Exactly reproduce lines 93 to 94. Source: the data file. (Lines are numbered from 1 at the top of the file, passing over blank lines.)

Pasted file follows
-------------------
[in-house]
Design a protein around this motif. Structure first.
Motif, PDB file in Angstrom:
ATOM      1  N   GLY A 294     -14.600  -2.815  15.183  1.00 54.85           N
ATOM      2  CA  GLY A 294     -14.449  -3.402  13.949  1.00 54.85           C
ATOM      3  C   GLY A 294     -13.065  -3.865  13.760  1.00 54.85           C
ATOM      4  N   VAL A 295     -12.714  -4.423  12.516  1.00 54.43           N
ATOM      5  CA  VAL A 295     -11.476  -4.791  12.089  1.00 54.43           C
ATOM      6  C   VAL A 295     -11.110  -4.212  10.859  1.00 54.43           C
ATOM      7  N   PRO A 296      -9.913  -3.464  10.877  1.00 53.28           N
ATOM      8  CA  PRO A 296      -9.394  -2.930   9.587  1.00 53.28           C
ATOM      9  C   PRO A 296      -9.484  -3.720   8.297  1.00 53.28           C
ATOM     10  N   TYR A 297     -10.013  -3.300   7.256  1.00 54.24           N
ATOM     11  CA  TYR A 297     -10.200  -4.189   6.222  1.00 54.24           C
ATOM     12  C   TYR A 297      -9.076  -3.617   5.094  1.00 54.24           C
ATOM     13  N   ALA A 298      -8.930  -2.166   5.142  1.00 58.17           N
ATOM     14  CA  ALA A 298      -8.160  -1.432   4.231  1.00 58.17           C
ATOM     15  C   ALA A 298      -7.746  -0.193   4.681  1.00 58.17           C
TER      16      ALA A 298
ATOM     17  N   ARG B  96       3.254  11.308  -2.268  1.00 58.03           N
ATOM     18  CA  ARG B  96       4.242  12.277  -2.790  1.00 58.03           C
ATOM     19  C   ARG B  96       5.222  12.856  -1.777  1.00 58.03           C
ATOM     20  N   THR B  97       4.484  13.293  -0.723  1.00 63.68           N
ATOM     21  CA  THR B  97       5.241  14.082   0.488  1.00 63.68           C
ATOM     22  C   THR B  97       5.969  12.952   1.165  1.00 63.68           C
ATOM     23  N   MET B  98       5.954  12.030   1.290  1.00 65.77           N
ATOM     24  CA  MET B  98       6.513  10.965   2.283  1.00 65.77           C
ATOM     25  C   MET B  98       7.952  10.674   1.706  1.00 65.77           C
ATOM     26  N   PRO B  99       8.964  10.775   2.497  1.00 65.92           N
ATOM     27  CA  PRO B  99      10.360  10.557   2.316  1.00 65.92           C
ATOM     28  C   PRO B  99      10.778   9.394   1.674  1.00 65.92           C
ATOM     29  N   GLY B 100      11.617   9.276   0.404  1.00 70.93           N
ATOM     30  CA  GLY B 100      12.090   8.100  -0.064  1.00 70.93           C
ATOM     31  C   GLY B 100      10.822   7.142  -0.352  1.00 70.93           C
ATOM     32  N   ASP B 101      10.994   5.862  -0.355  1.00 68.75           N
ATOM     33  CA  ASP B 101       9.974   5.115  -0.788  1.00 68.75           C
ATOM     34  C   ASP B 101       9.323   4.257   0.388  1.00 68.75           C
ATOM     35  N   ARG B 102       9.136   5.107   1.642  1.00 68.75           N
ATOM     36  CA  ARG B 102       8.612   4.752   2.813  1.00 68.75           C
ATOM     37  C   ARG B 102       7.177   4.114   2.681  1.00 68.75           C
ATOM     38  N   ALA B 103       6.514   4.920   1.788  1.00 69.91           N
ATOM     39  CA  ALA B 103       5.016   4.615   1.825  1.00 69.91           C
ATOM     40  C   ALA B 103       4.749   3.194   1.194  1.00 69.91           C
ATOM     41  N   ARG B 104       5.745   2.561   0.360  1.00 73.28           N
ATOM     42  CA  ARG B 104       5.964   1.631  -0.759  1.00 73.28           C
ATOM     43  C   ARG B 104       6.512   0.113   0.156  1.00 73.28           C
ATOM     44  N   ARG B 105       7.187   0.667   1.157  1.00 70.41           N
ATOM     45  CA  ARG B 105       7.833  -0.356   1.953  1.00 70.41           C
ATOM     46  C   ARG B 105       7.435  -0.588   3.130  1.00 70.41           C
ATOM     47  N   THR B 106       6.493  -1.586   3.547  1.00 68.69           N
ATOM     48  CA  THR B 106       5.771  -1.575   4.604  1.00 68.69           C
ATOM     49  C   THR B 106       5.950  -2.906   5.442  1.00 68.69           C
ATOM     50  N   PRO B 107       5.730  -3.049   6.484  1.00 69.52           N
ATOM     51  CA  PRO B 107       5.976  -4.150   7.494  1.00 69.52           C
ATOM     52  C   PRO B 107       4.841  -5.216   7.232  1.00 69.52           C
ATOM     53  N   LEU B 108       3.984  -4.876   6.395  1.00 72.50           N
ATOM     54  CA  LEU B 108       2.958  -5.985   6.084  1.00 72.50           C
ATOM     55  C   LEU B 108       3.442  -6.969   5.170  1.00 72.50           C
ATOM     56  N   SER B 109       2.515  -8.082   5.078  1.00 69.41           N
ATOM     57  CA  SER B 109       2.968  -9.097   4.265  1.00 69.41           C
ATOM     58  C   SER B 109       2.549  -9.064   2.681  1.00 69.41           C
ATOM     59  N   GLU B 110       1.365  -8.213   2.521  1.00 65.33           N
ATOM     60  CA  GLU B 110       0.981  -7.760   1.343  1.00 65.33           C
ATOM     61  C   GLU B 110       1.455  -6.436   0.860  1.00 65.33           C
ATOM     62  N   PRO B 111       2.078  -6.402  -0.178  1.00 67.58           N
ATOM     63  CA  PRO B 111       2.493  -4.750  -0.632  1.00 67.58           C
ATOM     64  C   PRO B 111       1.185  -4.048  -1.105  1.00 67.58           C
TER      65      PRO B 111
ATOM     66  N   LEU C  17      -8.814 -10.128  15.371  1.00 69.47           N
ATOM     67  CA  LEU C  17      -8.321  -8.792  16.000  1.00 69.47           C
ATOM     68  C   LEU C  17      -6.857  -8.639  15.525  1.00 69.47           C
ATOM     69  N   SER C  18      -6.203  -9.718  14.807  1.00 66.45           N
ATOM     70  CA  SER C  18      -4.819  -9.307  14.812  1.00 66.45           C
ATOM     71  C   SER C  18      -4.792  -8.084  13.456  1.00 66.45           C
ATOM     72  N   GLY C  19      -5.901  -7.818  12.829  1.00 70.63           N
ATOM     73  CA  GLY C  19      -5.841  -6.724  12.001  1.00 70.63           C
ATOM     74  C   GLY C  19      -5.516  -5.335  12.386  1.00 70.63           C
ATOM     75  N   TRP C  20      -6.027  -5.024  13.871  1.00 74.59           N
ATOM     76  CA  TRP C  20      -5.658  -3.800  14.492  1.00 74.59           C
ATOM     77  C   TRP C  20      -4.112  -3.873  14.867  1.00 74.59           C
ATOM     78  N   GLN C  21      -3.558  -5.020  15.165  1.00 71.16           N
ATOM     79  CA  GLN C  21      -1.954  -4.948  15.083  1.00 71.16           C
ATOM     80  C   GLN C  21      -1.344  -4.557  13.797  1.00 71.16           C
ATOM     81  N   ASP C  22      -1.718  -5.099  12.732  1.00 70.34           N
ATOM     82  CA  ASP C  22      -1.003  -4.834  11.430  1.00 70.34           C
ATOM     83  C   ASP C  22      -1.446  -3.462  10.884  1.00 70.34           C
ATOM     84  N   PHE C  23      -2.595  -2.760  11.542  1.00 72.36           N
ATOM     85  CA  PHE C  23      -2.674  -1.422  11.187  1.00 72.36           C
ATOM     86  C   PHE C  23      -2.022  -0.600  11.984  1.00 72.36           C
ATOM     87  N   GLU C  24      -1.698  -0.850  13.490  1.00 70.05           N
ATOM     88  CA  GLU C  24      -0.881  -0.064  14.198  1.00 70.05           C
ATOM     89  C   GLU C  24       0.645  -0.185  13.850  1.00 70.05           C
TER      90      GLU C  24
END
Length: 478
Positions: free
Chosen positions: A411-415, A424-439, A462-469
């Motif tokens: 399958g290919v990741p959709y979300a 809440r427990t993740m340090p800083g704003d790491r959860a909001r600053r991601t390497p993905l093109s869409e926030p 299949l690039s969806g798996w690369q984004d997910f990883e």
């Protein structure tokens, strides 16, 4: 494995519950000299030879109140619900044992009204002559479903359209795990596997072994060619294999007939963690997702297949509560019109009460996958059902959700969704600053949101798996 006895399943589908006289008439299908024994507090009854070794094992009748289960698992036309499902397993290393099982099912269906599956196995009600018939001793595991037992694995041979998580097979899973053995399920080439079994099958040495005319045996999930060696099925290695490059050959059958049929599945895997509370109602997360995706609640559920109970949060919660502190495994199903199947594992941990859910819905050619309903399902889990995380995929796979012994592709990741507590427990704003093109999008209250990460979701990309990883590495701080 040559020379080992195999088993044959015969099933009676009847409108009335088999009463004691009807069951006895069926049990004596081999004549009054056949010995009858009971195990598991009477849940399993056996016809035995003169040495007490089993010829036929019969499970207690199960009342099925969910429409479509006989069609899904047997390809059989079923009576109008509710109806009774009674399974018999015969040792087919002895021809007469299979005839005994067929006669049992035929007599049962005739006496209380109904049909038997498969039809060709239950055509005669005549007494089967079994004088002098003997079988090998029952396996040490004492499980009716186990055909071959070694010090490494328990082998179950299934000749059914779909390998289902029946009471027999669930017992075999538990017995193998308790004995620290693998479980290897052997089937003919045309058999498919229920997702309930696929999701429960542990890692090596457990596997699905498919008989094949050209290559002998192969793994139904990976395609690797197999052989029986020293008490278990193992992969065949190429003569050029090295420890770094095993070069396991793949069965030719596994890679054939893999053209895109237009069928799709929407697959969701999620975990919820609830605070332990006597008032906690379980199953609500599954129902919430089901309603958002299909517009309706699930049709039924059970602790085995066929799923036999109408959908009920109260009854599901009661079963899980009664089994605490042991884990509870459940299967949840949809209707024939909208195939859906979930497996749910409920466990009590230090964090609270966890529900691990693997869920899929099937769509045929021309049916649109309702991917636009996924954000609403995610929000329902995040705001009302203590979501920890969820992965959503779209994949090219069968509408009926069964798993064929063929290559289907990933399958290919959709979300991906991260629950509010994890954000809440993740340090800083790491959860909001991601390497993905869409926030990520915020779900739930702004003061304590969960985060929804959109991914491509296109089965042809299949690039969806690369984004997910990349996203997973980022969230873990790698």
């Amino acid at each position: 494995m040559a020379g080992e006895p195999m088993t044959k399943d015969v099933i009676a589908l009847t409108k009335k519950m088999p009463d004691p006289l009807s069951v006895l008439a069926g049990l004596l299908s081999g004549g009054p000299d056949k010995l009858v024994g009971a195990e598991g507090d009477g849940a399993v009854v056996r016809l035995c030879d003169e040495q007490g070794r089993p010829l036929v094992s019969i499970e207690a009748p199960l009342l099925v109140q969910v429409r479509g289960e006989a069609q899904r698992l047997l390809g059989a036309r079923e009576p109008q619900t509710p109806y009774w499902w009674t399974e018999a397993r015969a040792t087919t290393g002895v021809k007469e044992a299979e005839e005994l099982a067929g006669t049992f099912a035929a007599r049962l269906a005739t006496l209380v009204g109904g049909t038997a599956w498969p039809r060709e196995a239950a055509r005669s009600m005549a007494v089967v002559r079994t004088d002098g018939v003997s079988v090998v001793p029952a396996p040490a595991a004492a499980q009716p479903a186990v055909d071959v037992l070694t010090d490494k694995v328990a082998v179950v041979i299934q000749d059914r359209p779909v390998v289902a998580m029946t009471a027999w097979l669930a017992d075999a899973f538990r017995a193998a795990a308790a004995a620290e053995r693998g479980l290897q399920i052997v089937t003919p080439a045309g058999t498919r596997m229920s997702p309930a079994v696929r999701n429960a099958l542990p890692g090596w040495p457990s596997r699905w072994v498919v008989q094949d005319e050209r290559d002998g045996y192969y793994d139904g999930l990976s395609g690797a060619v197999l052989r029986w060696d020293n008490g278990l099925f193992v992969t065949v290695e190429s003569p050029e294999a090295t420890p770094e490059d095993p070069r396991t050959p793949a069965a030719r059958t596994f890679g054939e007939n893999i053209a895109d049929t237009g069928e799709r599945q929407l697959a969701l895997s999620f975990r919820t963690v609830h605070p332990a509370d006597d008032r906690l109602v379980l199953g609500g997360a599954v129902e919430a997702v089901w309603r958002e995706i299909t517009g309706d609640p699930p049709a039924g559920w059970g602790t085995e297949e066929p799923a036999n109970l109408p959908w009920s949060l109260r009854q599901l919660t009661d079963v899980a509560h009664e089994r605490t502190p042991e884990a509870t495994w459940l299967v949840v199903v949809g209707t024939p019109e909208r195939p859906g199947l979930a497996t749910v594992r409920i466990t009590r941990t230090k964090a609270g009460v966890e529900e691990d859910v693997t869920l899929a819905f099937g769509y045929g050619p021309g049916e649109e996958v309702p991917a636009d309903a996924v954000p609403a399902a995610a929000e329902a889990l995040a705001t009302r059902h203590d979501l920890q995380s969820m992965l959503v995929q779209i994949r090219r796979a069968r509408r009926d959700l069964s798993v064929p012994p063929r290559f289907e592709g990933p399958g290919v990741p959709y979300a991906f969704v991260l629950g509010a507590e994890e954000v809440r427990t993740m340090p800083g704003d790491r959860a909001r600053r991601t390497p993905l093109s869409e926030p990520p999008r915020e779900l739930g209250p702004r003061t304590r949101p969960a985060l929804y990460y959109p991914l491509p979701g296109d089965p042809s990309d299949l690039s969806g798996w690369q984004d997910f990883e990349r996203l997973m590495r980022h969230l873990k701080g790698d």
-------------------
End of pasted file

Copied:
TER      90      GLU C  24
END